Ironically, although the virus is potentially destructive, DuBois' lab is studying it for its therapeutic potential. Astrovirus has the unusual ability to survive the entire intestinal tract, and DuBois wants to understand how it does that.

"The protein I'm studying could have new properties that we don't know about. It could also be a nanoparticle that we can use for targeted therapy," said Yousefi.

Working independently

As the year progressed, Yousefi began to work in the lab more independently, relying on his experience and the notes he made in his lab books. His lab work will form the basis for his senior thesis, "Crystal Structure of the Human Astrovirus Capsid Core," which he is finishing up now.

"I couldn't have asked for a better lab experience," Yousefi said, adding that he often spends about 20 hours a week in DuBois' lab, which has become a second home to him on campus and where he goes between classes. "I wanted to do hands-on research and participate in making discoveries, and Dr. DuBois allowed me to do that. It's been incredible."

He particularly appreciates his lab co-workers, whom he describes as being very helpful, positive, and fun to work with.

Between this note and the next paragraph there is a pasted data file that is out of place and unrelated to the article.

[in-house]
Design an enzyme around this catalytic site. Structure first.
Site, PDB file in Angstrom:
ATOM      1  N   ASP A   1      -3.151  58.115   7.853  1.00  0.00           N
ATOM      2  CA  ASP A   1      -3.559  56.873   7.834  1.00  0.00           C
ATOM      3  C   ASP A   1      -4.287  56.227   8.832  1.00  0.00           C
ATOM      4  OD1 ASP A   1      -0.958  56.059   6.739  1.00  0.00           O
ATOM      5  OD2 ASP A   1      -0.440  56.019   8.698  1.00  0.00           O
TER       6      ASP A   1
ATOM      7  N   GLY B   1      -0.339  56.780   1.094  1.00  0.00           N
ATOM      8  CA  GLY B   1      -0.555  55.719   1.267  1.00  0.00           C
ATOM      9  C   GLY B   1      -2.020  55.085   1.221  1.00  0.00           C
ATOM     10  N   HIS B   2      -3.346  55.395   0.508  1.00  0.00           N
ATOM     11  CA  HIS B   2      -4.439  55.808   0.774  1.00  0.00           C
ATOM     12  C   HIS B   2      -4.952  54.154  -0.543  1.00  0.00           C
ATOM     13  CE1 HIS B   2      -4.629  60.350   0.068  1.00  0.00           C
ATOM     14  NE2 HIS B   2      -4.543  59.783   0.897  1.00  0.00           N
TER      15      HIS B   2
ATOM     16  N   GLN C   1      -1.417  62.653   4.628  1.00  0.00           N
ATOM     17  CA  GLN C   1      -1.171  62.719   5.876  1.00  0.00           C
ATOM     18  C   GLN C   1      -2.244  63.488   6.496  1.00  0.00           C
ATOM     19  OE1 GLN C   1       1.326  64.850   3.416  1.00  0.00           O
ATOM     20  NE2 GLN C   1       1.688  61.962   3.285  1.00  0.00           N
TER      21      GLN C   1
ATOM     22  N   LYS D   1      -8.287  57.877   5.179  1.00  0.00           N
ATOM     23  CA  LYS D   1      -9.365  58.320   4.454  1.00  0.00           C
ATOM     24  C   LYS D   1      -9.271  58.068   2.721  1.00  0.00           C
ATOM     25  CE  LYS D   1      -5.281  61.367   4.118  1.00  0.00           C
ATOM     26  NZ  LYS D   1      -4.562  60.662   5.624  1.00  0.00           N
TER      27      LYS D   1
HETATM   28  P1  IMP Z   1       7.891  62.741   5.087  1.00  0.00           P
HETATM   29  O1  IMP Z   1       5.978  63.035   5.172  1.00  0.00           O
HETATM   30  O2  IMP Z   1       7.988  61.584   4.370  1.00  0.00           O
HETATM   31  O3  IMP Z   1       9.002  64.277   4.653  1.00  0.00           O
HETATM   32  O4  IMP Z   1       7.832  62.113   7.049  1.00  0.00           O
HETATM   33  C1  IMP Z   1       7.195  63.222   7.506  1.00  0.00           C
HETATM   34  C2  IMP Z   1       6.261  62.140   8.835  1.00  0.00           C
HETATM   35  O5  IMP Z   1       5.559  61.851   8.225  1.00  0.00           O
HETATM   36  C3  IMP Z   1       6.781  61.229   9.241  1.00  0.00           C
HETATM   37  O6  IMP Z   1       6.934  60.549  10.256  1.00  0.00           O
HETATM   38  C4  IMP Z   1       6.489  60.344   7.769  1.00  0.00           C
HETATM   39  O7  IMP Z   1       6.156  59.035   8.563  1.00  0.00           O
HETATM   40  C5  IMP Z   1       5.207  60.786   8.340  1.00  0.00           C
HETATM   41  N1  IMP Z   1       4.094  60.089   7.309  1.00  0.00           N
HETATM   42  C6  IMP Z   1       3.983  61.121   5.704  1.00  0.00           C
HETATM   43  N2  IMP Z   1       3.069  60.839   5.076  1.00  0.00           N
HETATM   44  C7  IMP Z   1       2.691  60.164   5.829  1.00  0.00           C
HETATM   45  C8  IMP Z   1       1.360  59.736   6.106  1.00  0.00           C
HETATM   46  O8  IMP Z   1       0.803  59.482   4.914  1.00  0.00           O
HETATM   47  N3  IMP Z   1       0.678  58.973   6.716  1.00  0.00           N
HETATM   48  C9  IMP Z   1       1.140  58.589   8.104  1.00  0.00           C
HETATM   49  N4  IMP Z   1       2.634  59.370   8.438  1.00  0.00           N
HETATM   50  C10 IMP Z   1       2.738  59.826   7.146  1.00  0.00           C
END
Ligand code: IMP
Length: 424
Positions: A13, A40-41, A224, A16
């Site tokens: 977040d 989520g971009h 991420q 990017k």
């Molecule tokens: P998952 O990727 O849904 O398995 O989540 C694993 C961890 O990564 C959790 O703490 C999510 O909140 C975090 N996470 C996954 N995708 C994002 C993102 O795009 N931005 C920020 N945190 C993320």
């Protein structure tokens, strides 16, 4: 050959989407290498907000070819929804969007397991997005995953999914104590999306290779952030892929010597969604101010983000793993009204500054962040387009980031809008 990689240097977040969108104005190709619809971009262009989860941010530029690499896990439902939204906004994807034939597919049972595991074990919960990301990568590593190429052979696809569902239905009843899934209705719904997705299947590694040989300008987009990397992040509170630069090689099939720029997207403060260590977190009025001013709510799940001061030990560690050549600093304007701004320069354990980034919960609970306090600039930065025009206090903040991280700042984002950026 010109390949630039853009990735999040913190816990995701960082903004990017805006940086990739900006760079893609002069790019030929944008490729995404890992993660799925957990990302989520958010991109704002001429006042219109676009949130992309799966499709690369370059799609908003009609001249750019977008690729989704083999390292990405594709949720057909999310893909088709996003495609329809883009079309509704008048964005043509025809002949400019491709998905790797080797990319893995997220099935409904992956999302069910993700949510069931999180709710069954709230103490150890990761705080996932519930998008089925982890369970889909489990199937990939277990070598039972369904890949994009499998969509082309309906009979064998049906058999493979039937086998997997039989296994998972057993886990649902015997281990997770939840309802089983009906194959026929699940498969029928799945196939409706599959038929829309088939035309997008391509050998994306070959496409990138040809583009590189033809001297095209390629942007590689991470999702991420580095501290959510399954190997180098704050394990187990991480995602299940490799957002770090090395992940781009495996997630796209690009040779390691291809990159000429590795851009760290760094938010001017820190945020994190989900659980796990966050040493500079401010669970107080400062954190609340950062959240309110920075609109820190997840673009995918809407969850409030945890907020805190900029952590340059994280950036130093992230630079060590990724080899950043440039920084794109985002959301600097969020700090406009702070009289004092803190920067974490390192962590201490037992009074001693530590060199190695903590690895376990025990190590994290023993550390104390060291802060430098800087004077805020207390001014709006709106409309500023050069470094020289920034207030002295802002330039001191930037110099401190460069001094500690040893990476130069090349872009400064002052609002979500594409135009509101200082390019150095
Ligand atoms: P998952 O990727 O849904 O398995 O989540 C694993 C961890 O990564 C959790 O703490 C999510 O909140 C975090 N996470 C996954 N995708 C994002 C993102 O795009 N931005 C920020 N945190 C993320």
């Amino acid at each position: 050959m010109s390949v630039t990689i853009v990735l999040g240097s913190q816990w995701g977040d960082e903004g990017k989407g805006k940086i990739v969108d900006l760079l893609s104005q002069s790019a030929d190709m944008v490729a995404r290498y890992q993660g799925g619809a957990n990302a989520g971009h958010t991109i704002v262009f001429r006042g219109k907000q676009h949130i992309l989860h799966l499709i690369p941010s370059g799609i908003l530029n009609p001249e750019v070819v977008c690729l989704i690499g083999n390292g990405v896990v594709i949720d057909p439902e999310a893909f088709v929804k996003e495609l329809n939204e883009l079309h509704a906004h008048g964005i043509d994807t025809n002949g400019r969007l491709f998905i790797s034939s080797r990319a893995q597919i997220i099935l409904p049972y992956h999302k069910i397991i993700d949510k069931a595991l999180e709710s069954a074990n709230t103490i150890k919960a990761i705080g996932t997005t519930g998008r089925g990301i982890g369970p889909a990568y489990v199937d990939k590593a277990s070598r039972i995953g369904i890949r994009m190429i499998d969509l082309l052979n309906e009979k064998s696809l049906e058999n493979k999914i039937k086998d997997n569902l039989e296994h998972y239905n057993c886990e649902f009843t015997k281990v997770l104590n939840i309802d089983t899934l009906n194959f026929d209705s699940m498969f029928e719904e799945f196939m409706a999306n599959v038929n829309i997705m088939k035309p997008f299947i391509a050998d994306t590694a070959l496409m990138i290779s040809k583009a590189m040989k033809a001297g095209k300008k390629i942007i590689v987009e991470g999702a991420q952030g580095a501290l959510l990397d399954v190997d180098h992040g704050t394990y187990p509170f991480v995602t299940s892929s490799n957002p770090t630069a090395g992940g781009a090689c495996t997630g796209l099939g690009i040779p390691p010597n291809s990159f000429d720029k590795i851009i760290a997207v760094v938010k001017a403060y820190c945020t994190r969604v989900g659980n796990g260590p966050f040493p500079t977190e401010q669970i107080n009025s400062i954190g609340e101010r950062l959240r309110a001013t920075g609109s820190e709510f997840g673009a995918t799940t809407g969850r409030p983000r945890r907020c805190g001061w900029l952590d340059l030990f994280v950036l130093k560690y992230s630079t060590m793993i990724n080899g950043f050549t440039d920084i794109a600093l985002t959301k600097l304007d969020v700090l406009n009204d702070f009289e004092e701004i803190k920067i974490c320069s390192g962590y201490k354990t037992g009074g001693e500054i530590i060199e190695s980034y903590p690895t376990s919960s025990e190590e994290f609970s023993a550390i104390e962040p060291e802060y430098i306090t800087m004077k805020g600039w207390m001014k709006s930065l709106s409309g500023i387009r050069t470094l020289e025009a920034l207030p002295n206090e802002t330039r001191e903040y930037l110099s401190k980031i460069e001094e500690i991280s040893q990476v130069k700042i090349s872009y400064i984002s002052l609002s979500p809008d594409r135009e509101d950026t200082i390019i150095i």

In addition to his coursework, his work in DuBois' lab, and his senior thesis, Yousefi worked two on-campus jobs, doing web work and design for Undergraduate Admissions and for the Dean of Students, and he spent a quarter in Japan on the UC Education Abroad Program, studying Japanese language and culture at International Christian University.

Yousefi's design work can be seen in a series of full-page advertisements that the Dean of Students placed in City on a Hill Press, and in Admissions' eSlug electronic newsletter for guidance counselors. He has also been generous with his time in communicating with prospective UCSC students through Admissions social media and through the Admissions Student Profile web page.

"I like looking back and knowing that I've contributed something, whether it is designing an advertisement or conducting lab research," said Yousefi of his busy schedule. "I like the feeling of giving back, creating something. I have all these responsibilities, but I'm happy to have them."

"Payam just seems to be one of those people who are good at everything," said DuBois. "He's savvy with computer software, programming, and design, he's an excellent communicator, and he also has what we call 'good lab hands' and excels at lab research."

After graduation, Yousefi plans to work in a biotechnology company. Eventually, he would like to apply to graduate school and pursue a Ph.D., continuing similar research to what he has done at UCSC, in addition to researching other topics. Yousefi said he is grateful for the education he has received at UC Santa Cruz and the people he has met here, including fellow students in Porter College.

"UCSC has allowed me to not be afraid to express the different sides of myself, and a lot of that has to do with my choice of college," Yousefi said. "Being in Porter was exciting because I met so many different people. Psychology, art, history of art and visual culture—I've learned so much from my friends. I never go around saying I'm just a bioengineer. I want to be more than that."